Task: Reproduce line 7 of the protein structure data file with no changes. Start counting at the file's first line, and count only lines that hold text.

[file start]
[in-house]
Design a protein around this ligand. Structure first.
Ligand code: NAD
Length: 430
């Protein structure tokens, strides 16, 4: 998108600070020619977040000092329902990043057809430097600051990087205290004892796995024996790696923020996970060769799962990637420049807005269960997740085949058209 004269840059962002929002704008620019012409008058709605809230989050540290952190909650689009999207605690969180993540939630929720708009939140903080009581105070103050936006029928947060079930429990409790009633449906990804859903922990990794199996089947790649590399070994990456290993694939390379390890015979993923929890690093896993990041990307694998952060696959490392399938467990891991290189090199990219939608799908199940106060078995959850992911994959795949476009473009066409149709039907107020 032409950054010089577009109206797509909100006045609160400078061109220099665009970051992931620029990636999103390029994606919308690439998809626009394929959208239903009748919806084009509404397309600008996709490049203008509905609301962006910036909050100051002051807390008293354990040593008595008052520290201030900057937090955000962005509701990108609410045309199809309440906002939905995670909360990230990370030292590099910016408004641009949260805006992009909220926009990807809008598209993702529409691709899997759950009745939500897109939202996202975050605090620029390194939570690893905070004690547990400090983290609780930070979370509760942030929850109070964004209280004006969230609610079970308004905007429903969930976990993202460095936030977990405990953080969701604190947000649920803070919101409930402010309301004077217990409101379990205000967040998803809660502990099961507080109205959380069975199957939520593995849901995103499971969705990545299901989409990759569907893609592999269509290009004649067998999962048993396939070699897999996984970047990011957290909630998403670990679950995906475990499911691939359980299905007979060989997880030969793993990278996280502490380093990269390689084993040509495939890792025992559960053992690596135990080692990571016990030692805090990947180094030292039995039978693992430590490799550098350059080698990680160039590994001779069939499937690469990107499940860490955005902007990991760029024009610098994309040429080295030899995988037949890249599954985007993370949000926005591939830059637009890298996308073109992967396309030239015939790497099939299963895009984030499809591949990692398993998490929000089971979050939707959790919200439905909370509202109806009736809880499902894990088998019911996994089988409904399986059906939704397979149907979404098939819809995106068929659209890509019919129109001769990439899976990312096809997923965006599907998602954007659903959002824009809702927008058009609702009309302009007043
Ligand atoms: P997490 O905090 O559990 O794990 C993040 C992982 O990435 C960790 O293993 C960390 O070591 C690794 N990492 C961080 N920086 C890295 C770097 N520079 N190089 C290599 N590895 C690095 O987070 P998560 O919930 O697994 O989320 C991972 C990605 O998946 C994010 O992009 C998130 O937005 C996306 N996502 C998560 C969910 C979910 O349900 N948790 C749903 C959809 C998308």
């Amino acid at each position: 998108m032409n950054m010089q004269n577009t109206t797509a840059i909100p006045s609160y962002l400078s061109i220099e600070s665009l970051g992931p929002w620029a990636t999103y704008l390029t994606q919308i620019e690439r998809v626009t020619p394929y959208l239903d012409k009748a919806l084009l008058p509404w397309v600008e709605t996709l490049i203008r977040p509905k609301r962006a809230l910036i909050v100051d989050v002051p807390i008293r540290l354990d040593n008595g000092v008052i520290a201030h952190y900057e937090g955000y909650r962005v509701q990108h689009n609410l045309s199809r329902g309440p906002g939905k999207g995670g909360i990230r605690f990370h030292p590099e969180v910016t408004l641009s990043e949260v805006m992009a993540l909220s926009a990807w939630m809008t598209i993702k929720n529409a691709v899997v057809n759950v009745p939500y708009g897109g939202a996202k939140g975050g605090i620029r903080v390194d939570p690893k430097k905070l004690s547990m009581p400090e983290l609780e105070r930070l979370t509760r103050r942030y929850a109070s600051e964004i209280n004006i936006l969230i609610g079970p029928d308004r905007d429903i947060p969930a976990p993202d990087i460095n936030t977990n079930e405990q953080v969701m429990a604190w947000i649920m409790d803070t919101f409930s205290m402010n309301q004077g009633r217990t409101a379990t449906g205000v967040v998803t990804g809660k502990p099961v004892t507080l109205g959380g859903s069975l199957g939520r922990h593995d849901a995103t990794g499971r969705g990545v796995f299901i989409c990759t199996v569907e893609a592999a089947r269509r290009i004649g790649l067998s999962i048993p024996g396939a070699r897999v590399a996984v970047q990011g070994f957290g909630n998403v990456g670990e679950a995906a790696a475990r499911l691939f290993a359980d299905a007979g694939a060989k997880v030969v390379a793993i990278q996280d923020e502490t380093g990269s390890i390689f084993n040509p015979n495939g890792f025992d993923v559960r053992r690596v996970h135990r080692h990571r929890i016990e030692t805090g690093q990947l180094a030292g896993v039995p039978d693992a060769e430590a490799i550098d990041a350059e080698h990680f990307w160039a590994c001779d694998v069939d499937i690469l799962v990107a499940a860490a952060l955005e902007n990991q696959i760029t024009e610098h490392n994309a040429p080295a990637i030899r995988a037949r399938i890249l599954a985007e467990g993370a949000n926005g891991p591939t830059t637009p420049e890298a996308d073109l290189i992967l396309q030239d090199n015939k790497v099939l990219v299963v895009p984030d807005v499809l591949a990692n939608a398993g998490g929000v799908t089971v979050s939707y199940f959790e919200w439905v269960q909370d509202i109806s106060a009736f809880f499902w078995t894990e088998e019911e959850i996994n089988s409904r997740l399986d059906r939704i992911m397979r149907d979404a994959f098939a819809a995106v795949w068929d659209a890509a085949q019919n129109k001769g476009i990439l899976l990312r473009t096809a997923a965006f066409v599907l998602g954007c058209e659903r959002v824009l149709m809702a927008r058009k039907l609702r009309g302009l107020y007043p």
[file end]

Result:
């Amino acid at each position: 998108m032409n950054m010089q004269n577009t109206t797509a840059i909100p006045s609160y962002l400078s061109i220099e600070s665009l970051g992931p929002w620029a990636t999103y704008l390029t994606q919308i620019e690439r998809v626009t020619p394929y959208l239903d012409k009748a919806l084009l008058p509404w397309v600008e709605t996709l490049i203008r977040p509905k609301r962006a809230l910036i909050v100051d989050v002051p807390i008293r540290l354990d040593n008595g000092v008052i520290a201030h952190y900057e937090g955000y909650r962005v509701q990108h689009n609410l045309s199809r329902g309440p906002g939905k999207g995670g909360i990230r605690f990370h030292p590099e969180v910016t408004l641009s990043e949260v805006m992009a993540l909220s926009a990807w939630m809008t598209i993702k929720n529409a691709v899997v057809n759950v009745p939500y708009g897109g939202a996202k939140g975050g605090i620029r903080v390194d939570p690893k430097k905070l004690s547990m009581p400090e983290l609780e105070r930070l979370t509760r103050r942030y929850a109070s600051e964004i209280n004006i936006l969230i609610g079970p029928d308004r905007d429903i947060p969930a976990p993202d990087i460095n936030t977990n079930e405990q953080v969701m429990a604190w947000i649920m409790d803070t919101f409930s205290m402010n309301q004077g009633r217990t409101a379990t449906g205000v967040v998803t990804g809660k502990p099961v004892t507080l109205g959380g859903s069975l199957g939520r922990h593995d849901a995103t990794g499971r969705g990545v796995f299901i989409c990759t199996v569907e893609a592999a089947r269509r290009i004649g790649l067998s999962i048993p024996g396939a070699r897999v590399a996984v970047q990011g070994f957290g909630n998403v990456g670990e679950a995906a790696a475990r499911l691939f290993a359980d299905a007979g694939a060989k997880v030969v390379a793993i990278q996280d923020e502490t380093g990269s390890i390689f084993n040509p015979n495939g890792f025992d993923v559960r053992r690596v996970h135990r080692h990571r929890i016990e030692t805090g690093q990947l180094a030292g896993v039995p039978d693992a060769e430590a490799i550098d990041a350059e080698h990680f990307w160039a590994c001779d694998v069939d499937i690469l799962v990107a499940a860490a952060l955005e902007n990991q696959i760029t024009e610098h490392n994309a040429p080295a990637i030899r995988a037949r399938i890249l599954a985007e467990g993370a949000n926005g891991p591939t830059t637009p420049e890298a996308d073109l290189i992967l396309q030239d090199n015939k790497v099939l990219v299963v895009p984030d807005v499809l591949a990692n939608a398993g998490g929000v799908t089971v979050s939707y199940f959790e919200w439905v269960q909370d509202i109806s106060a009736f809880f499902w078995t894990e088998e019911e959850i996994n089988s409904r997740l399986d059906r939704i992911m397979r149907d979404a994959f098939a819809a995106v795949w068929d659209a890509a085949q019919n129109k001769g476009i990439l899976l990312r473009t096809a997923a965006f066409v599907l998602g954007c058209e659903r959002v824009l149709m809702a927008r058009k039907l609702r009309g302009l107020y007043p």